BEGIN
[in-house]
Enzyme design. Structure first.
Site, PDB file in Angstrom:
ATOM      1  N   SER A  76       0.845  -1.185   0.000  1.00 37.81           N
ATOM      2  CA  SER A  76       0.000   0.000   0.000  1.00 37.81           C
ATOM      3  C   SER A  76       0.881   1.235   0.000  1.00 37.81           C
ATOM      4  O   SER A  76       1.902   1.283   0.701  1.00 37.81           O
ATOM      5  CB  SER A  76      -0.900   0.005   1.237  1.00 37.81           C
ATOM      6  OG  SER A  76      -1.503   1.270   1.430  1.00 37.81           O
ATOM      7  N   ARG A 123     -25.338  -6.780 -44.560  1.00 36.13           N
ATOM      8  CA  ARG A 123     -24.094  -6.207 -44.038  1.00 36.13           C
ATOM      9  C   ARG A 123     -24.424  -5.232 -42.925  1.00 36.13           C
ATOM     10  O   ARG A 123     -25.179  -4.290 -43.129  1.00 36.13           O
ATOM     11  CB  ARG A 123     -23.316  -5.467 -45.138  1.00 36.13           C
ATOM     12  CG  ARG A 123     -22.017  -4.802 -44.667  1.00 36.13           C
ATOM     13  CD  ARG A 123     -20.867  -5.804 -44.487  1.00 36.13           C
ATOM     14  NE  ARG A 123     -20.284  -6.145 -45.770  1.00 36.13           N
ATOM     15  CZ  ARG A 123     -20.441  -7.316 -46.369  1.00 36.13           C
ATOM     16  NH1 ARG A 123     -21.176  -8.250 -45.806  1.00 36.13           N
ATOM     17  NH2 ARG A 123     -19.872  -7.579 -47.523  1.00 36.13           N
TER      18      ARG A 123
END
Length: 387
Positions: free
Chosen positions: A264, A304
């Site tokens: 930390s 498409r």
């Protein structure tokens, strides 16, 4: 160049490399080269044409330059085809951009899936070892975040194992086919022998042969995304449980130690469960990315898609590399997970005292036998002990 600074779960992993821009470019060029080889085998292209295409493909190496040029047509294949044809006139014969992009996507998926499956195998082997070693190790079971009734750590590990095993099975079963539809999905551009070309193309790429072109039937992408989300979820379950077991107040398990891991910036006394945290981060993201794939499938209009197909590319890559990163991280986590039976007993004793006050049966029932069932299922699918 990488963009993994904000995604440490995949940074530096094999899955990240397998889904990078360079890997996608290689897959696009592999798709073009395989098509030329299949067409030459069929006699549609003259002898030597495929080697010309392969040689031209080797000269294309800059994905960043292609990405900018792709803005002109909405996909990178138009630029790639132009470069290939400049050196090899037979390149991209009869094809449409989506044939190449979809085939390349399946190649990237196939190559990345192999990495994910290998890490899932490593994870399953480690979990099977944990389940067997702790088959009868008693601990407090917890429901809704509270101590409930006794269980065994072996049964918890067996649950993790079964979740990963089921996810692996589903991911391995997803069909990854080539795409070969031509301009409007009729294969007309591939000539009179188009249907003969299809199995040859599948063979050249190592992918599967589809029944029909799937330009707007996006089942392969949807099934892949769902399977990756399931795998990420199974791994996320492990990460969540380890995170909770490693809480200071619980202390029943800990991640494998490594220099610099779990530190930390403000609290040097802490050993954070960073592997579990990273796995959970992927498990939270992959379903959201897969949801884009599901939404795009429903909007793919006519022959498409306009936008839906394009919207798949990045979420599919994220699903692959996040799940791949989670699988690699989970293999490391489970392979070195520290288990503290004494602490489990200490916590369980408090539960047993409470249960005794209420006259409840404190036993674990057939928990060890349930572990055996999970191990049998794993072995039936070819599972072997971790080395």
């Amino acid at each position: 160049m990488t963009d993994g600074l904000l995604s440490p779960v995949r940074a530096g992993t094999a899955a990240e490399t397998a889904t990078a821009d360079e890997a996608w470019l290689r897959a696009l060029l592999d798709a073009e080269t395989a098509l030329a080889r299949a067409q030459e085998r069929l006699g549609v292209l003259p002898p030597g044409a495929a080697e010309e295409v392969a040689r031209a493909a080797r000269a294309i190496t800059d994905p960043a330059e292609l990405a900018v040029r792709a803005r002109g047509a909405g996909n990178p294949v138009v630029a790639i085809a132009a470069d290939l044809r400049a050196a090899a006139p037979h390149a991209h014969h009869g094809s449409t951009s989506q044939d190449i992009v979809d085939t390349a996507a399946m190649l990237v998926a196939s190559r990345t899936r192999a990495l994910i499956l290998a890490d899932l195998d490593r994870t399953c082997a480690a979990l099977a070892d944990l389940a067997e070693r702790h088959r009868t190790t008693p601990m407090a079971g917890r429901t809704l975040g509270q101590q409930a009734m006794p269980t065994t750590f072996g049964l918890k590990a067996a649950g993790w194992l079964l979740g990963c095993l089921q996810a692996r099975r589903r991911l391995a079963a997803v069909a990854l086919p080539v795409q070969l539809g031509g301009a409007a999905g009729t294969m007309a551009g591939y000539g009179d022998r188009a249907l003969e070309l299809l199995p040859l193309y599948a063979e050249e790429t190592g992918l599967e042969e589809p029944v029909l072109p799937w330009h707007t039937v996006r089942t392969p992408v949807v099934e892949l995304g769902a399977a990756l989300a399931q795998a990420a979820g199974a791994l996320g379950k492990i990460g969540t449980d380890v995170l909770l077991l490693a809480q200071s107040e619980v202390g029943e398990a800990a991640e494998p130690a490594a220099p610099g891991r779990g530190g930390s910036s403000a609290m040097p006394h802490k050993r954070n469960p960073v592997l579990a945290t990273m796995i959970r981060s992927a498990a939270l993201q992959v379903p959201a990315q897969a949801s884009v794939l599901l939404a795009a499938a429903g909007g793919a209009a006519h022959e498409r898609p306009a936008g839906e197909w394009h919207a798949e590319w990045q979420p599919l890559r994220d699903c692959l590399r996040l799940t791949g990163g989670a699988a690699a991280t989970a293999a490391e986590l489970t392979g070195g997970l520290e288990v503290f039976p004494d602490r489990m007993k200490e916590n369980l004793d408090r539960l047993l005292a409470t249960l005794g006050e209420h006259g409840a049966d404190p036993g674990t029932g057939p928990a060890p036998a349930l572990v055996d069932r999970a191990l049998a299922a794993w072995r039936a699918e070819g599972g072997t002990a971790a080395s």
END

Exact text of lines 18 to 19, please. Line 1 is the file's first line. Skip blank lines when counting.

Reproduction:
ATOM     15  CZ  ARG A 123     -20.441  -7.316 -46.369  1.00 36.13           C
ATOM     16  NH1 ARG A 123     -21.176  -8.250 -45.806  1.00 36.13           N